Transformation can lead to a change in the business model and the introduction of “Disruptive Innovation”. Sometimes such products turn the entire industry upside down. Examples are AirBnb and Uber.
Digital transformation is a long and winding road… Not really!
If you’ve read thus far, you can already tick off the first step in the process. That means you’re curious and possibly wondering whether you need a (new) digital transformation plan for your organization.
At this stage, you’d probably also want to know what it takes to go through it. While there are no fixed steps in this journey, a few milestones can be defined to ensure that you’re on the right track.
Start by analyzing where you are now, where you want to be and how you can get there.
This part means a thorough review of your current resources and, to a certain extent, business values as well. Sometimes, it’s also referred to as “pillars of digital transformation”.
Here are some questions that might help you assess the situation correctly:
- Does your company culture easily embrace change?
- Are your people, both employees and management, onboard with it?
- How will your clients, employees and business partners benefit from the new digital experience?
- Are you prepared for innovation?
Some other aspects you should keep in mind are:
- who or what you might need to help you succeed,
- whether you have access to the technology that will help you transform,
- how much it will cost,
- how long it will take,
- and to what extent it will impact operations in the transitional period.
This analysis is probably the hardest step. It requires a full commitment from everyone involved in your organization and an honest, 360-degree evaluation of your company’s transformational readiness on many fronts.
Don’t do “the Nokia”
Remember this telecommunications company, the Finnish national pride? Only 15 years ago, it was the biggest mobile phone manufacturer in the world. It was famous not only for its devices but also for the cult “Snake” game that every Nokia user, kid or adult, was obsessed with.
And then, the organizations’ execs completely slept through the digital revolution in the IT and electronics industries. They simply didn’t assess the need for transformation right when it was banging on their door. We all know how that ended for them.
So where’s Nokia now?
It’s slowly bouncing back from the depths of technological oblivion through a series of ventures into virtual reality and digital health, among other things. But, despite its undisputable potential, it will probably never really stand a chance against Apple or Samsung in the future anymore.
Nokia’s case is a prime example of how things can spiral down in no time when you stick to Legacy Culture and don’t invest your time and effort in facing the technological challenges of your times.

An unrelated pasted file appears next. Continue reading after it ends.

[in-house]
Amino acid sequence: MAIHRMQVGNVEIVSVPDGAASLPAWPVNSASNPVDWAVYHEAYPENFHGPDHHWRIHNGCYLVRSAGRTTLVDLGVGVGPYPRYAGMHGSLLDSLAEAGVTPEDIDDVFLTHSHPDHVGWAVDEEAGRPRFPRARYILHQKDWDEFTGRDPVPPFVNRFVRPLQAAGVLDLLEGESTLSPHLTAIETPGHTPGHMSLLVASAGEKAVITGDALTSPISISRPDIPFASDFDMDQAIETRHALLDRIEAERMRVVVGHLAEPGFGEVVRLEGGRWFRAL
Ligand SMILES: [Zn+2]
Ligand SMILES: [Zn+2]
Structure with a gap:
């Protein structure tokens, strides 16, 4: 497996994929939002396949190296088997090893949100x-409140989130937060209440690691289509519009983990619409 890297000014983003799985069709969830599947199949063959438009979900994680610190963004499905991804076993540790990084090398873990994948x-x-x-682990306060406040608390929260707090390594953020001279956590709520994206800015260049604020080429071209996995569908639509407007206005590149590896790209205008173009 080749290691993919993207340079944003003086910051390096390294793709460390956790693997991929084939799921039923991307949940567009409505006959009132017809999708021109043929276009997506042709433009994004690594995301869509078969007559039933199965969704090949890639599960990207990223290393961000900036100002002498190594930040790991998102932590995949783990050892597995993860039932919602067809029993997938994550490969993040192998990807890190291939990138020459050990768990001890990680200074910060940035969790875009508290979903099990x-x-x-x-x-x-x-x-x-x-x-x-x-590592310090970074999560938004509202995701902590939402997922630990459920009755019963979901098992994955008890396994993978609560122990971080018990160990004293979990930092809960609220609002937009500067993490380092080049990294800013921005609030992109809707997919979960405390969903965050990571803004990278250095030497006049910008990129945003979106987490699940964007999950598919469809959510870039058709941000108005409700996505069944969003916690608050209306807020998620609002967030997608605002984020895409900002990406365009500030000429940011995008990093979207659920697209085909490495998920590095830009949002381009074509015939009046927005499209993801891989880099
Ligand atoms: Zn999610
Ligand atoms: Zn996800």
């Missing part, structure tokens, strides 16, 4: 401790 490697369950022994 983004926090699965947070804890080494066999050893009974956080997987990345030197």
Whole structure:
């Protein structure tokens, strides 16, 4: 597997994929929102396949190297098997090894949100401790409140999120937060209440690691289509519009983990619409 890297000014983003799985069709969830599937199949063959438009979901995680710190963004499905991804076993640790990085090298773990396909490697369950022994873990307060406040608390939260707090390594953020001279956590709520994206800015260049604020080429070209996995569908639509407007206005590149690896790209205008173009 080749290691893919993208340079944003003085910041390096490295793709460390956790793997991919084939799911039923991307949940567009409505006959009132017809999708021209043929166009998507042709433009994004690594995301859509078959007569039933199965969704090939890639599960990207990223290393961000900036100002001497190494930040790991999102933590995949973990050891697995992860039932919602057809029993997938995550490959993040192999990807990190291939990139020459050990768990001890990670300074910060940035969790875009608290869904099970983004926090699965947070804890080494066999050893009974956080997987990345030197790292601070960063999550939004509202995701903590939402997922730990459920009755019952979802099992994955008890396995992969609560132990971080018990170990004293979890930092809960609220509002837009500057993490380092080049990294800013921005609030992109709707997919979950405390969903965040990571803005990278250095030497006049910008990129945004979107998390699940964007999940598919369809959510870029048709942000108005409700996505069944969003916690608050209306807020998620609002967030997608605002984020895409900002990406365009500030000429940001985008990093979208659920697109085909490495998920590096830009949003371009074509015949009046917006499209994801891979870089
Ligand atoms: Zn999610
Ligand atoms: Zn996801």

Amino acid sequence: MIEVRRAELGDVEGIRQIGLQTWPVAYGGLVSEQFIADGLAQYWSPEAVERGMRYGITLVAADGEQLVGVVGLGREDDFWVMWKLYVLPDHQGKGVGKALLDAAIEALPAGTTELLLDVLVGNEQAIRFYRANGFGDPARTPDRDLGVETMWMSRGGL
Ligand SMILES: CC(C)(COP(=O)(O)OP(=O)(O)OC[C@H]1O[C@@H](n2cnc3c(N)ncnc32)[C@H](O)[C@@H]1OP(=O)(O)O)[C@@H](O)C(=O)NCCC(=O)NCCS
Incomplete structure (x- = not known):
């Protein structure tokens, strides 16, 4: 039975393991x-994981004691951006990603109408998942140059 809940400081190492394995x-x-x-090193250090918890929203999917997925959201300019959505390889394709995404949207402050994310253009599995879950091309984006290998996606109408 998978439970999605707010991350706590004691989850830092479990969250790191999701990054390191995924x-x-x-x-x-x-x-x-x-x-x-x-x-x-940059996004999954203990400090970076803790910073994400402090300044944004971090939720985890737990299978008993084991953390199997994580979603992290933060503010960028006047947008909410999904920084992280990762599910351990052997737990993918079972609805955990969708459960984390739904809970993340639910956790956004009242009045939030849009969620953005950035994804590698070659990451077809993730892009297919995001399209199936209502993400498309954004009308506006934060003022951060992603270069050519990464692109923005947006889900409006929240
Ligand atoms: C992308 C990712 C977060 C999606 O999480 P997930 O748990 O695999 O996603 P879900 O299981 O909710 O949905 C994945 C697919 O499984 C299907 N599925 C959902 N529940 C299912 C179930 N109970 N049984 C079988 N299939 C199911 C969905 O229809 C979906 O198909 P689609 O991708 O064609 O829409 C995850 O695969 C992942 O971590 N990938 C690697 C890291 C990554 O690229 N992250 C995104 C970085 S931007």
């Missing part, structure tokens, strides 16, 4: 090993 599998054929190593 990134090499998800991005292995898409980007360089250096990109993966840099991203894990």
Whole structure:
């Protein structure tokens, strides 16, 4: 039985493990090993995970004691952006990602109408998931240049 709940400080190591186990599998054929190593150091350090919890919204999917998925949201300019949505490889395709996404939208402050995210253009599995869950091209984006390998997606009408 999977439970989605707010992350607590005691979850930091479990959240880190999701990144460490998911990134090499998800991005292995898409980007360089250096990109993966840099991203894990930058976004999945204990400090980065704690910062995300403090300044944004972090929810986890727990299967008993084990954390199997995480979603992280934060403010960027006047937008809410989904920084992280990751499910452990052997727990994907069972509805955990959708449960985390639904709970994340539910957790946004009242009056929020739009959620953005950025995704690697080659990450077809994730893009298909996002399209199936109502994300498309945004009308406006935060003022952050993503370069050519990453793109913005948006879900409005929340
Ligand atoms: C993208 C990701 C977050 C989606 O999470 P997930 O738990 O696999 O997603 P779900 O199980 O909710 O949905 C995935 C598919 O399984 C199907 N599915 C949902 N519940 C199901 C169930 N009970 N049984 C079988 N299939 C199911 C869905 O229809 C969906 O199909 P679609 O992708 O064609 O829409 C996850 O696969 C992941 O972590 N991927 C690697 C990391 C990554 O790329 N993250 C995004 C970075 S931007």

You just need to keep a few things in mind.
Get ready for the digital transformation “lessons learned” early
Nobody gets it right the first time around. But before you start your digital transformation it’s good to measure your company’s potential in this aspect with Digital Maturity Assessment.
As in any other transformational period, you have to accept in advance that mistakes will be made along the way. Because not every aspect of the digital future can be anticipated today.
Since any transformation is a process, it doesn’t stop once you’ve reached your initial objective.
The digital world is very dynamic, and you need to keep up with changes and innovations. Bugs will need to be fixed constantly to avoid jeopardizing data security. And upgrades will have to be done regularly to ensure that your clients get the best out of your products or services.
And last but not least, the most important factor in running a digital transformation of a company is the people’s attitude towards it. Most projects fail because employees/ users are not ready or not eager to make changes and adjust to them.
Once you’ve done your digital transformation preparations well, it’s downhill from there, however.
It’s happening all around us already.
It poses a lot of challenges in itself indeed. But the digital realm is much more effective when it comes to storing, managing, and distributing the overwhelming amount of information exchanged in the world today.
Some companies, like ours, specialise in guiding you through that process. They might see things from a more objective perspective. As a result, they’ll be able to provide a realistic proposal of a digital transformation plan tailored to your business needs and actual technological capabilities.
The UK government surely hired experts to help it get it right. After all, who would have thought twenty years ago that applying for a document containing critical, personal information would be enabled safely on the internet without speaking to any government official.